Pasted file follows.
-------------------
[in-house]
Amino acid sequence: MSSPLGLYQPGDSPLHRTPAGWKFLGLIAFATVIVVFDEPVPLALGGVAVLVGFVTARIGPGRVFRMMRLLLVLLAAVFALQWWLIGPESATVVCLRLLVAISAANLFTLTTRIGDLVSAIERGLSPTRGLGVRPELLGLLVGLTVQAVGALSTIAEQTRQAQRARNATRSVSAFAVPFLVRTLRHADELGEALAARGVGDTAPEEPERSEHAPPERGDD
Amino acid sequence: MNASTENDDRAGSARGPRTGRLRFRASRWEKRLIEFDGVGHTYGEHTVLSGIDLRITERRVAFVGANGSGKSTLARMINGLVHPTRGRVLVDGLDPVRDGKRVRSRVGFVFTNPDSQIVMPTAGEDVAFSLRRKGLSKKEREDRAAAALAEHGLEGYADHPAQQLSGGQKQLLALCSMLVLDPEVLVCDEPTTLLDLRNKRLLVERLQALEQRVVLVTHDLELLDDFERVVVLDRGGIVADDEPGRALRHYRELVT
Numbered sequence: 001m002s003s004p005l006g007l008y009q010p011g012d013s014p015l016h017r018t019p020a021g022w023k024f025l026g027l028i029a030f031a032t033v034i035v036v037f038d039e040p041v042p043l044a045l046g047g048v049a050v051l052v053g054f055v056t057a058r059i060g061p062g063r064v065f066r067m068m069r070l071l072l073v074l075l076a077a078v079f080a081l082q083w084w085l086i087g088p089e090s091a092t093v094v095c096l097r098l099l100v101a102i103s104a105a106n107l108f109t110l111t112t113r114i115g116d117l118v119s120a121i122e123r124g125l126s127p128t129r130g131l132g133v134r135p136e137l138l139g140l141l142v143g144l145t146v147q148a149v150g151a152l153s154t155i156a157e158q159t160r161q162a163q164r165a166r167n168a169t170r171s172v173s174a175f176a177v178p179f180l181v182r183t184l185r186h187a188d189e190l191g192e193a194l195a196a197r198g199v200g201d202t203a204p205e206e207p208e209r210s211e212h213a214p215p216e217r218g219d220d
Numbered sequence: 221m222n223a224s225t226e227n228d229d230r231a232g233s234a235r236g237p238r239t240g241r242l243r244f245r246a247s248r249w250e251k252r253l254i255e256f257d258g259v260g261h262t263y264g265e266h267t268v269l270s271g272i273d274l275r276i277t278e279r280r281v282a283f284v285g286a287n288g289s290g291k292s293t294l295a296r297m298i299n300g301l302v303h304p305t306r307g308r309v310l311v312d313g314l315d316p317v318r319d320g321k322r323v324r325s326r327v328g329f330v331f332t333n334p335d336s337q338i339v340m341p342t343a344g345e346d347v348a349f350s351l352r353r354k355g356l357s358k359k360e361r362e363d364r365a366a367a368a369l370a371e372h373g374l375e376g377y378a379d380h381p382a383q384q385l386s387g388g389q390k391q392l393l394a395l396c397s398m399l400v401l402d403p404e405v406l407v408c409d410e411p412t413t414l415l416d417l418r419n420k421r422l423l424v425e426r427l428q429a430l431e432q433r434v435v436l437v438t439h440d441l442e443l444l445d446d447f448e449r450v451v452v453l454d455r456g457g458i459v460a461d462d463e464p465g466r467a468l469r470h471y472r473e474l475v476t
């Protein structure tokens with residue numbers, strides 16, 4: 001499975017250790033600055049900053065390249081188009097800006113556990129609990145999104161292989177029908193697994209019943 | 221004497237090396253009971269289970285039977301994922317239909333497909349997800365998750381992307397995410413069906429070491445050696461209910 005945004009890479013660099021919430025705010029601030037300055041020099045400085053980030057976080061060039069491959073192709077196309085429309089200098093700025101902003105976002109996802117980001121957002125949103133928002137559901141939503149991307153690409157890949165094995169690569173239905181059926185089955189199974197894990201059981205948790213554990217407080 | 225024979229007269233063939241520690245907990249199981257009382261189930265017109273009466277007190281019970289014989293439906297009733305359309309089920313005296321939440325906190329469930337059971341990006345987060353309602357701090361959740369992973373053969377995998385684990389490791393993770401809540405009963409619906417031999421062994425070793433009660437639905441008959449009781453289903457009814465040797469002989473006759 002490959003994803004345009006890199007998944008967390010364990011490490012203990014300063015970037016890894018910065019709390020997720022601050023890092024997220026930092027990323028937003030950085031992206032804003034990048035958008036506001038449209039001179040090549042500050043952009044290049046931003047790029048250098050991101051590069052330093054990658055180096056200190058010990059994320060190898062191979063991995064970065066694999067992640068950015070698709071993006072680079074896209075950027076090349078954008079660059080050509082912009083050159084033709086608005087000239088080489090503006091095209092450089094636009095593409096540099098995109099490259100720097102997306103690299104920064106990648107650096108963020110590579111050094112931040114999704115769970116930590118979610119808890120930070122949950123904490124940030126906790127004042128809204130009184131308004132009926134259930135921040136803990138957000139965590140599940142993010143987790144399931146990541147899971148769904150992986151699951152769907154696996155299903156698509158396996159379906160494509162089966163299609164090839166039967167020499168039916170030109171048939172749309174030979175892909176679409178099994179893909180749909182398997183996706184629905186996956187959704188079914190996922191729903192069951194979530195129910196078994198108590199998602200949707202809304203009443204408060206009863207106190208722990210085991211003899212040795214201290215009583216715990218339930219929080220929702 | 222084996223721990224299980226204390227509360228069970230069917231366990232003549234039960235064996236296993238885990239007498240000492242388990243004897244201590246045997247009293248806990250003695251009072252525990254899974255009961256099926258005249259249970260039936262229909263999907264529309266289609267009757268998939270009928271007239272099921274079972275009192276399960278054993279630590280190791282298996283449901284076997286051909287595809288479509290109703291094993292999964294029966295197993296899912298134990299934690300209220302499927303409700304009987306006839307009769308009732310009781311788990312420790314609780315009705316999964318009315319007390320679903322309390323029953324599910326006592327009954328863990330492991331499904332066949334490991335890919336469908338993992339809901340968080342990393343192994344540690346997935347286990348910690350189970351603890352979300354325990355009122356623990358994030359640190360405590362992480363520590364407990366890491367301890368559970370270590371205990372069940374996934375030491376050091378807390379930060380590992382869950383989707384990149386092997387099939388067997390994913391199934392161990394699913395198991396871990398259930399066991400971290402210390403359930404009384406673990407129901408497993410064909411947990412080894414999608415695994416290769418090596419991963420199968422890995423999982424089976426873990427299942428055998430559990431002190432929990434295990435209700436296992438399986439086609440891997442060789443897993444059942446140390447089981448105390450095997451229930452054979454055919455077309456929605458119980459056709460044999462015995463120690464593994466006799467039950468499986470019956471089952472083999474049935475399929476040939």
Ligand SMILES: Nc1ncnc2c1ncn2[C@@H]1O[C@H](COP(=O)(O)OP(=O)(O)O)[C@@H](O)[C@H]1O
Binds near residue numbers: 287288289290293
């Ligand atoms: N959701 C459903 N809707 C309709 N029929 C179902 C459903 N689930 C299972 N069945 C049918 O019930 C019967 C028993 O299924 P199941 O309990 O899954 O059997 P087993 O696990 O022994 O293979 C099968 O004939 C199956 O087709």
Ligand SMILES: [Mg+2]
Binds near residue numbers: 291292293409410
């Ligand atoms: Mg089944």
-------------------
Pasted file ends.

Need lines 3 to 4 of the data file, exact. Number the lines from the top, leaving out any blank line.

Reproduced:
Amino acid sequence: MNASTENDDRAGSARGPRTGRLRFRASRWEKRLIEFDGVGHTYGEHTVLSGIDLRITERRVAFVGANGSGKSTLARMINGLVHPTRGRVLVDGLDPVRDGKRVRSRVGFVFTNPDSQIVMPTAGEDVAFSLRRKGLSKKEREDRAAAALAEHGLEGYADHPAQQLSGGQKQLLALCSMLVLDPEVLVCDEPTTLLDLRNKRLLVERLQALEQRVVLVTHDLELLDDFERVVVLDRGGIVADDEPGRALRHYRELVT
Numbered sequence: 001m002s003s004p005l006g007l008y009q010p011g012d013s014p015l016h017r018t019p020a021g022w023k024f025l026g027l028i029a030f031a032t033v034i035v036v037f038d039e040p041v042p043l044a045l046g047g048v049a050v051l052v053g054f055v056t057a058r059i060g061p062g063r064v065f066r067m068m069r070l071l072l073v074l075l076a077a078v079f080a081l082q083w084w085l086i087g088p089e090s091a092t093v094v095c096l097r098l099l100v101a102i103s104a105a106n107l108f109t110l111t112t113r114i115g116d117l118v119s120a121i122e123r124g125l126s127p128t129r130g131l132g133v134r135p136e137l138l139g140l141l142v143g144l145t146v147q148a149v150g151a152l153s154t155i156a157e158q159t160r161q162a163q164r165a166r167n168a169t170r171s172v173s174a175f176a177v178p179f180l181v182r183t184l185r186h187a188d189e190l191g192e193a194l195a196a197r198g199v200g201d202t203a204p205e206e207p208e209r210s211e212h213a214p215p216e217r218g219d220d